Aboveground Dry Biomass (kg) Carbon Content1 (%) Carbon Content (kg)
Statistic Br Fol S+B Tree Br Fol S+B Br Fol S+B Tree
Mean 44.45 38.10 259.45 342.01 46.37 49.80 45.96 20.87 19.05 117.03 156.94
Min. 1.81 5.44 28.12 36.29 44.56 41.46 43.80 0.91 2.72 12.70 16.33
Max. 278.51 119.75 821.00 1220.1 51.88 58.58 49.09 127.91 68.95 372.85 568.80
Std.D. 47.17 28.12 165.11 228.61 1.17 3.38 1.41 21.77 14.51 77.11 107.05

[i] Br: Branches; Fol: Foliage, S+B: Stem plus bark. Carbon content = Bi*C%i, where Bi = biomass of component i, C%i = carbon fraction of component i. Min = Minimum, Max = Maximum, Std.D. = Standar deviation.

Significant differences in C% (by means of chemical analyses) among tree components were observed (P-value < 0.0001). Carbon concentrations were found to be lowest in the stem (42.059% ± 1.008% [95% C.I.]), followed by branches (46.355% ± 0.3385% [95% C.I.]), and foliage (49.80% ± 1.953% [95% C.I.]).

Wood C content within the stem varied significantly radially (P-value < 0.0001) with C concentrations from the pith (45.355% ± 2.157% [95% C.I.]) being statistically different to C content in the sapwood (40.988% ± 0.823% [95% C.I.]) and bark (39.659% ± 1.387% [95% C.I.]) at same stem heights. Results showed weak or no correlation between C fraction in any of the tissues and wood density, which was additionally estimated for each of the subsamples. Overall, if assuming general C fractions of 0.50, C stocks of this species would be overestimated by, on average, 13.25% in individual trees.

Discussion

To date, there are no equations published for endemic P. occidentalis species, nor were we able to find any reported estimates of carbon content for aboveground tree components. This prompted the current study. The validity of the equations generated in this study should be restricted to the range of variation of the dimensions of the trees included in the sample and the geographical area. Extrapolation can only be made to the same species in other sites or regions provided they present similar growth characteristics. We argue that biomass allometry is not simple (i.e., can be modeled by a power model) but rather complex due to the inherent heteroscedasticity in this type of data.

To correct this problem, a common approach taken when developing predictive equations is to convert non-linear relationships into linear equations by taking the natural logarithm of both sides with an additive error term (Moore, 2010). The log transformation resolves the heteroscedasticity problem but affects the mean relation and the form of the error term. The error in the log-transformed data is additive and follows a centered normal distribution of constant standard deviation. If we use exponential transformation to return to the original data, the residual error becomes a multiplicative factor (Picard et al., 2012). Bias arises from logarithmic back transformations and correction factors need to be applied. Although least squares estimates of parameters remain unbiased and consistent, they are inefficient, and therefore, their standard errors are incorrect and usual significance test cannot be applied (Canga et al., 2013). Packard and Boardman (2008) have questioned the appropriateness of log-linear regression and proposed that a nonlinear least-squares method (nonlinear regression) be used for developing allometric equations when variables related to biological phenomena are studied (Packard and Birchard 2008). For this reason, different approaches to stabilize the residual variance, namely employing WLS and ML techniques, are employed.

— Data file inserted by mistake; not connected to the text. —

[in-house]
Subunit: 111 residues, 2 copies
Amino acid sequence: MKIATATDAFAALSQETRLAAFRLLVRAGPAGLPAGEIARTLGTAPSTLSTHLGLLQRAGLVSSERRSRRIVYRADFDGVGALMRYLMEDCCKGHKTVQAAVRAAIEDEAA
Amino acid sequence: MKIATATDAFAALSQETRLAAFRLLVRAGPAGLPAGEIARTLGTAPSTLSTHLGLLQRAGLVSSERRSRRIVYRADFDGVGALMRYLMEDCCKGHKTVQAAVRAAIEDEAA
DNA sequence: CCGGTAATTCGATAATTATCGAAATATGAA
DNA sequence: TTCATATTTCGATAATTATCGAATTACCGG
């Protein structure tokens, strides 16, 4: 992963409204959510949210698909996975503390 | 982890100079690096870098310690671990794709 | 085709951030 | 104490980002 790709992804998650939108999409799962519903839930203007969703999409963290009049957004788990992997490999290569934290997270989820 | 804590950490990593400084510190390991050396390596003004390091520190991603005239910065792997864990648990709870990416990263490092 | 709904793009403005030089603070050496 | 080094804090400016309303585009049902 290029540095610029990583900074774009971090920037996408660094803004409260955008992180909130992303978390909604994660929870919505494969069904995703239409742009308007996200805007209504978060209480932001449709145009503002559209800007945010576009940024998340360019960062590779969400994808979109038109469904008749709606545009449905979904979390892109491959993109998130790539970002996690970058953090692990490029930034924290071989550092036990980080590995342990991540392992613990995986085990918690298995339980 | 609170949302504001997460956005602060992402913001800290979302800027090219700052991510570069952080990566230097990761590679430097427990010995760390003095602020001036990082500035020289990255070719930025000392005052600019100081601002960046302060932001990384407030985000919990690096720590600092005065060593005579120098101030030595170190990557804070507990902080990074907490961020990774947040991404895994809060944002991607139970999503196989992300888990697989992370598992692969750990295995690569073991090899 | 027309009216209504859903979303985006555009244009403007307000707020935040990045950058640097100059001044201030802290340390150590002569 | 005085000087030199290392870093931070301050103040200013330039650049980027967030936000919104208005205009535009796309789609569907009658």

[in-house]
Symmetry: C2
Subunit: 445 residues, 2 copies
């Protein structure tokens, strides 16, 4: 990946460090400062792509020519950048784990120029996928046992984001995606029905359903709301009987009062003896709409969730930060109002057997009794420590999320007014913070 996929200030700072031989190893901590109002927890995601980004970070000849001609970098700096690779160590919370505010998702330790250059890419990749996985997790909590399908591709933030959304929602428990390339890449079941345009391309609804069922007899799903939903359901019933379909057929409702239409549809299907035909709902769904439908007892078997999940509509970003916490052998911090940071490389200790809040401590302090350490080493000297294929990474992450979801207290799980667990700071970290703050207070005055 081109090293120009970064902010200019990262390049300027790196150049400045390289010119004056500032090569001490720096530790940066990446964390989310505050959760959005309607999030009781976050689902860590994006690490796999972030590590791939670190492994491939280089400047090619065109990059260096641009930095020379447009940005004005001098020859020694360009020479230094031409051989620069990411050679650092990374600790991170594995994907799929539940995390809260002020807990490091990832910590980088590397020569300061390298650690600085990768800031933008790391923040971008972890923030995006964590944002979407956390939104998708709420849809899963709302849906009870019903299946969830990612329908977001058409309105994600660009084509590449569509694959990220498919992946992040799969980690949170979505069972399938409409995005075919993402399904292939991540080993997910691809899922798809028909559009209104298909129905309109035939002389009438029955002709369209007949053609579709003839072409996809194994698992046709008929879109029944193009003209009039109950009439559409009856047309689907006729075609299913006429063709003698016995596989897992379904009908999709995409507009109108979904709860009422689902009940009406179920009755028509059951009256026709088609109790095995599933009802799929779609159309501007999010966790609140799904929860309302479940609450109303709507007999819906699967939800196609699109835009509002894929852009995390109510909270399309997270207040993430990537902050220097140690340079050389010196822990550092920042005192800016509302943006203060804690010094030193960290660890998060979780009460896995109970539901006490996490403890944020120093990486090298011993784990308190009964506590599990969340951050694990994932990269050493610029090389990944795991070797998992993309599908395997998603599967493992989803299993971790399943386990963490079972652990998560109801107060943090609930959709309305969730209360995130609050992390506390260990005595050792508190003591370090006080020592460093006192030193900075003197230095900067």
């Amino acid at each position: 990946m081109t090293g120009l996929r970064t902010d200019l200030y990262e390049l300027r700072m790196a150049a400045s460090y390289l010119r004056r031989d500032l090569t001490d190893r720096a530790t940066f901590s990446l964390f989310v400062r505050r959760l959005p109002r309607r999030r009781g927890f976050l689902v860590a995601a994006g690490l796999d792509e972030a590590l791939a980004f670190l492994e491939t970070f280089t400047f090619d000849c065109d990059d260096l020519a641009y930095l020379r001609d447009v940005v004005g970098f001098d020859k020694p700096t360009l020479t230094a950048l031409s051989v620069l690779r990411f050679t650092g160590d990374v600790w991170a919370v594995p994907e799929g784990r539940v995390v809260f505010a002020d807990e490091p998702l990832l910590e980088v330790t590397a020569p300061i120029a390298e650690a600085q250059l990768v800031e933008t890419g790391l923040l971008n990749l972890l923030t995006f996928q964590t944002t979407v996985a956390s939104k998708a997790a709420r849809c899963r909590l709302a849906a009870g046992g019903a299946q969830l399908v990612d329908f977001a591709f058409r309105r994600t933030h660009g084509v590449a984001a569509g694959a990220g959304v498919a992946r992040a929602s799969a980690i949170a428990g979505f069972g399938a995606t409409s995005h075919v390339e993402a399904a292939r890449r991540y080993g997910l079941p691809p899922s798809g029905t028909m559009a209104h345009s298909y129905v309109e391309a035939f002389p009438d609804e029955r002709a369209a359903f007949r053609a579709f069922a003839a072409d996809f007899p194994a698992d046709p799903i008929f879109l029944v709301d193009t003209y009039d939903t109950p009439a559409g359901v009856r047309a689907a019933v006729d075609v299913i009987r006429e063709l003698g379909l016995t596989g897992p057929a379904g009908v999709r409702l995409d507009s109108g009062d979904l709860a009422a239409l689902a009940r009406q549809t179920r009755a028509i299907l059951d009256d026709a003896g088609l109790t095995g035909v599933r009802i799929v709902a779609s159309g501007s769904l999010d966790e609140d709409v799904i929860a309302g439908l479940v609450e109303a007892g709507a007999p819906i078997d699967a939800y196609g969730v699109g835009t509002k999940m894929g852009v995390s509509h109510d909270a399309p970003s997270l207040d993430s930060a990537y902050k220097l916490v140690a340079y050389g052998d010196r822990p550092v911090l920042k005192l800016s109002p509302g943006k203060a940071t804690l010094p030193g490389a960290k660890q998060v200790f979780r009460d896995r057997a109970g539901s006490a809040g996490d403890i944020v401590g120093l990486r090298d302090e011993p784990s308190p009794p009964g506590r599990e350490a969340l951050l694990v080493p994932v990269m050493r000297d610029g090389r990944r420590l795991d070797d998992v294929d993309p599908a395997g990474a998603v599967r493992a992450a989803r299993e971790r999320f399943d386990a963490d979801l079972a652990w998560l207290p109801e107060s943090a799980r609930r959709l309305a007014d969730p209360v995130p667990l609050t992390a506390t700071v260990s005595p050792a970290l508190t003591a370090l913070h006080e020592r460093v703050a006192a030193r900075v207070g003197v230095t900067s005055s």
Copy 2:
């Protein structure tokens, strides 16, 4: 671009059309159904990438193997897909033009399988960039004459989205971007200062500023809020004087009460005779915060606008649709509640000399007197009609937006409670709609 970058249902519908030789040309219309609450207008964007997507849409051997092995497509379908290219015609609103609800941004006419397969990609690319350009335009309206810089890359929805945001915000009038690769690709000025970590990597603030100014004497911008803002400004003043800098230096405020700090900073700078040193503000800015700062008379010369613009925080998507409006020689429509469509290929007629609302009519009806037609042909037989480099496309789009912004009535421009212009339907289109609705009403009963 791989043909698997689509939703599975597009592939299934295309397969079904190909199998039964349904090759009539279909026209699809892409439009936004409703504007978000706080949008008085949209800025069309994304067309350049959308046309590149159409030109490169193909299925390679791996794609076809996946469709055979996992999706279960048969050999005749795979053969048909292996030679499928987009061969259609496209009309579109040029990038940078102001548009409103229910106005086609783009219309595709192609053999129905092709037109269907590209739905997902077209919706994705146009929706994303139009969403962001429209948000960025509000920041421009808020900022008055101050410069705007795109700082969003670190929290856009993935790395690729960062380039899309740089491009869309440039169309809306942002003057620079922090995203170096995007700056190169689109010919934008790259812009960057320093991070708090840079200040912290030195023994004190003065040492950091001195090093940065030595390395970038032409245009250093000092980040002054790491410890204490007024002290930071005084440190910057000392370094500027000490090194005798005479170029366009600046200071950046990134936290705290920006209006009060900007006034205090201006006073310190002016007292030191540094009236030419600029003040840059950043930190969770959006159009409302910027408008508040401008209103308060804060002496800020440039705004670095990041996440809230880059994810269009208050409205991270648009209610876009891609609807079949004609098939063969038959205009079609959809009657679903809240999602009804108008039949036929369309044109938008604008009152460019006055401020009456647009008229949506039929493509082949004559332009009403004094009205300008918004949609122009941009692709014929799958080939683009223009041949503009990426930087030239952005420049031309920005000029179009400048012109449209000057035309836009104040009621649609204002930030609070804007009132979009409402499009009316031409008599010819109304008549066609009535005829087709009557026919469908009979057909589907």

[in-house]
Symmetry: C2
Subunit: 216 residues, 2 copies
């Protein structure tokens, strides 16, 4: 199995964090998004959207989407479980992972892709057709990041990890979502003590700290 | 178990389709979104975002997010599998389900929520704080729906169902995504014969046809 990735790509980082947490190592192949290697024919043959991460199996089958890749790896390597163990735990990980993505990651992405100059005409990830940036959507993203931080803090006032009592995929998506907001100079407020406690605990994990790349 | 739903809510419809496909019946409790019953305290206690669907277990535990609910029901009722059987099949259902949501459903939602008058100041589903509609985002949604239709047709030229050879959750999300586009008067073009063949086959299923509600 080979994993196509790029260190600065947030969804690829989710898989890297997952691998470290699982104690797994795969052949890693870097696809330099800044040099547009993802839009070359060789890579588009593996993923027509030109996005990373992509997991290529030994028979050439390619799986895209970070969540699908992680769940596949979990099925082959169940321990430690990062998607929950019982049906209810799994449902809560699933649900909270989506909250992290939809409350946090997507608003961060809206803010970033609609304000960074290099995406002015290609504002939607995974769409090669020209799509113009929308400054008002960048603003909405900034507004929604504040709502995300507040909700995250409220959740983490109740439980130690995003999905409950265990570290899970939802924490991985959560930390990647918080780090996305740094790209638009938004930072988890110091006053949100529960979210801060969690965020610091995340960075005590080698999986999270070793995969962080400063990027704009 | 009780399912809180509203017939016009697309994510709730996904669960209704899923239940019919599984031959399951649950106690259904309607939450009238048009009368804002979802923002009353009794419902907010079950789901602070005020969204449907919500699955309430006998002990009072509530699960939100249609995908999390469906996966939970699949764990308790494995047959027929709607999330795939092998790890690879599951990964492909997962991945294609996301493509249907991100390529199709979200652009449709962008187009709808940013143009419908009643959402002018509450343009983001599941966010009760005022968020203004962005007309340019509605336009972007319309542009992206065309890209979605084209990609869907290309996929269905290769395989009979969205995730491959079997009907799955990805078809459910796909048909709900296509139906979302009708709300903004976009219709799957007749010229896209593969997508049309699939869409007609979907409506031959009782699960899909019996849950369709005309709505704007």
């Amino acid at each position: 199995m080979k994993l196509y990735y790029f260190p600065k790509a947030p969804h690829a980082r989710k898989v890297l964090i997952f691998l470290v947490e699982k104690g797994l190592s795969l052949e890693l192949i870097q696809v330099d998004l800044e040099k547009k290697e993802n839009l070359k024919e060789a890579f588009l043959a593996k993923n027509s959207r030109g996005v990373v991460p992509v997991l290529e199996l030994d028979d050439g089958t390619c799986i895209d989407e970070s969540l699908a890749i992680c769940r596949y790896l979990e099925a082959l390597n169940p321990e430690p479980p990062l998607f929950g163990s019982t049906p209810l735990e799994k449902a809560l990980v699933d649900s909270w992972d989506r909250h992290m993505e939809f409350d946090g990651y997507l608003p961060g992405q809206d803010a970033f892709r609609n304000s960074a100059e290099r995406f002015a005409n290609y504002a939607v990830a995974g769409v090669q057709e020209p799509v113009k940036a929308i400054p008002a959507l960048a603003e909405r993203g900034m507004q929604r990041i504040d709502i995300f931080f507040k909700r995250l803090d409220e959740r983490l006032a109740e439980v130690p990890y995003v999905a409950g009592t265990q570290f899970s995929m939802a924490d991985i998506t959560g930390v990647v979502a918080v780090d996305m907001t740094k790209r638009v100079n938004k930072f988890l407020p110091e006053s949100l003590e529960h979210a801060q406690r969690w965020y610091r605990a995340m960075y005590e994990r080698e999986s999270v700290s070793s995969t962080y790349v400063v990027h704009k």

Aerial biomass in tree components

Mean dry-weight of biomass in main stem including bark, branches and foliage represent 74.5%, 13.3% and 12.1% of the mean total aboveground biomass, respectively. Individual trees had an average aboveground dry weight of 377 kg. With an estimated average 657 trees per ha at an average age of approximately 30 years (Bueno-López, 2009), total aboveground dry biomass is approximately 247.69 Mg ha-1. In a similar site for another close relative, P. caribaea (695 trees per hectare, 25 years), Ambagahaduwa, Prasad, Gunatilleke, Seneviratne, and Gunatilleke, (2009) estimated mean aboveground biomass at 194 Mg ha-1. These authors also report that biomass distribution among main stem including bark, branches, and foliage was 60%, 17%, and 13%, respectively. Subasinghe and Munasinghe (2011) found that the average aboveground biomass on individual trees of a 27-year-old P. caribaea plantation was 369 kg.

Allometric models

P. occidentalis stem allometry for constructing volume and taper equations have been studied before (Bueno-López and Bevilacqua, 2010; Bueno-López and Bevilacqua, 2012) but not to establish biomass relations. In contrast to the approach used in this study, most reported biomass equations for Caribbean region pine included bias in biomass estimation introduced using log transformation. Goodness-of-fit statistics for our models (n = 48, RMSE% = 6.17-9.96, BIAS% = 0.024-0.726, MAD = 0.05-0.07, R2 = 0.86-0.95) show that total aboveground dry biomass predictions are generally good. Overall, models using DBH2H as the only predictor variable performed best based on goodness-of-fit statistics from cross-validation data.